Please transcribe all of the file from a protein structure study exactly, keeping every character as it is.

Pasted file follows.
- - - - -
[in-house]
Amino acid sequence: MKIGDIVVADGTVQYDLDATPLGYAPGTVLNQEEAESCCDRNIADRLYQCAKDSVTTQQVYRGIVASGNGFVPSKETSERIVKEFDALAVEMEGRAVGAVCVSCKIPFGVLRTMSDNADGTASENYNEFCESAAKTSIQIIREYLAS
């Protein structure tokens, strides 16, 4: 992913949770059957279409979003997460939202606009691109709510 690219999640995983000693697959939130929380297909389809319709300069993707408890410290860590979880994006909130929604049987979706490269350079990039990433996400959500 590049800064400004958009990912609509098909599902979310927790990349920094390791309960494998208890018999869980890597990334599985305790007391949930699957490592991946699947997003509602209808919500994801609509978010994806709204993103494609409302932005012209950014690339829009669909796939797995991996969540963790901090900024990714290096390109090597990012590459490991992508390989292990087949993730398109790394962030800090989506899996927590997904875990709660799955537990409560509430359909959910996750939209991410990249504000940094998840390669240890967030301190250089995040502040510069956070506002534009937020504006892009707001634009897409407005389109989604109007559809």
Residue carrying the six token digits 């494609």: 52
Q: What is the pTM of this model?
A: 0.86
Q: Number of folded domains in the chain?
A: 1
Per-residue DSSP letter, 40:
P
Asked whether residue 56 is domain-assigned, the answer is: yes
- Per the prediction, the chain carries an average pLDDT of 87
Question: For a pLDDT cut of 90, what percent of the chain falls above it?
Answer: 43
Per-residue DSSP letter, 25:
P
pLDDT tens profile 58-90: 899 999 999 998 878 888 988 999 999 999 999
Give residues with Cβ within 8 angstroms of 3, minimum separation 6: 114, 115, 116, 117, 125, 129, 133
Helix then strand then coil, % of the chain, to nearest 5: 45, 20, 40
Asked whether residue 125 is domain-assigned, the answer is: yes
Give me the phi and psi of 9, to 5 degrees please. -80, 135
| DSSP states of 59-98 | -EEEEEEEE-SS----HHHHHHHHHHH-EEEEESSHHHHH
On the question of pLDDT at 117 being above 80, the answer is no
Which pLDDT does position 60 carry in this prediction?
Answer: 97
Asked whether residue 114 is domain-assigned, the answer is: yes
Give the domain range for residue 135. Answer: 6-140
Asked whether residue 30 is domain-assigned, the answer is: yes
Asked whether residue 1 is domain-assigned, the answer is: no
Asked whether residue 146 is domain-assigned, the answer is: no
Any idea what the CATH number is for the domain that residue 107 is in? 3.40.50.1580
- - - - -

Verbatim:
[in-house]
Amino acid sequence: MKIGDIVVADGTVQYDLDATPLGYAPGTVLNQEEAESCCDRNIADRLYQCAKDSVTTQQVYRGIVASGNGFVPSKETSERIVKEFDALAVEMEGRAVGAVCVSCKIPFGVLRTMSDNADGTASENYNEFCESAAKTSIQIIREYLAS
């Protein structure tokens, strides 16, 4: 992913949770059957279409979003997460939202606009691109709510 690219999640995983000693697959939130929380297909389809319709300069993707408890410290860590979880994006909130929604049987979706490269350079990039990433996400959500 590049800064400004958009990912609509098909599902979310927790990349920094390791309960494998208890018999869980890597990334599985305790007391949930699957490592991946699947997003509602209808919500994801609509978010994806709204993103494609409302932005012209950014690339829009669909796939797995991996969540963790901090900024990714290096390109090597990012590459490991992508390989292990087949993730398109790394962030800090989506899996927590997904875990709660799955537990409560509430359909959910996750939209991410990249504000940094998840390669240890967030301190250089995040502040510069956070506002534009937020504006892009707001634009897409407005389109989604109007559809």
Residue carrying the six token digits 């494609």: 52
Q: What is the pTM of this model?
A: 0.86
Q: Number of folded domains in the chain?
A: 1
Per-residue DSSP letter, 40:
P
Asked whether residue 56 is domain-assigned, the answer is: yes
- Per the prediction, the chain carries an average pLDDT of 87
Question: For a pLDDT cut of 90, what percent of the chain falls above it?
Answer: 43
Per-residue DSSP letter, 25:
P
pLDDT tens profile 58-90: 899 999 999 998 878 888 988 999 999 999 999
Give residues with Cβ within 8 angstroms of 3, minimum separation 6: 114, 115, 116, 117, 125, 129, 133
Helix then strand then coil, % of the chain, to nearest 5: 45, 20, 40
Asked whether residue 125 is domain-assigned, the answer is: yes
Give me the phi and psi of 9, to 5 degrees please. -80, 135
| DSSP states of 59-98 | -EEEEEEEE-SS----HHHHHHHHHHH-EEEEESSHHHHH
On the question of pLDDT at 117 being above 80, the answer is no
Which pLDDT does position 60 carry in this prediction?
Answer: 97
Asked whether residue 114 is domain-assigned, the answer is: yes
Give the domain range for residue 135. Answer: 6-140
Asked whether residue 30 is domain-assigned, the answer is: yes
Asked whether residue 1 is domain-assigned, the answer is: no
Asked whether residue 146 is domain-assigned, the answer is: no
Any idea what the CATH number is for the domain that residue 107 is in? 3.40.50.1580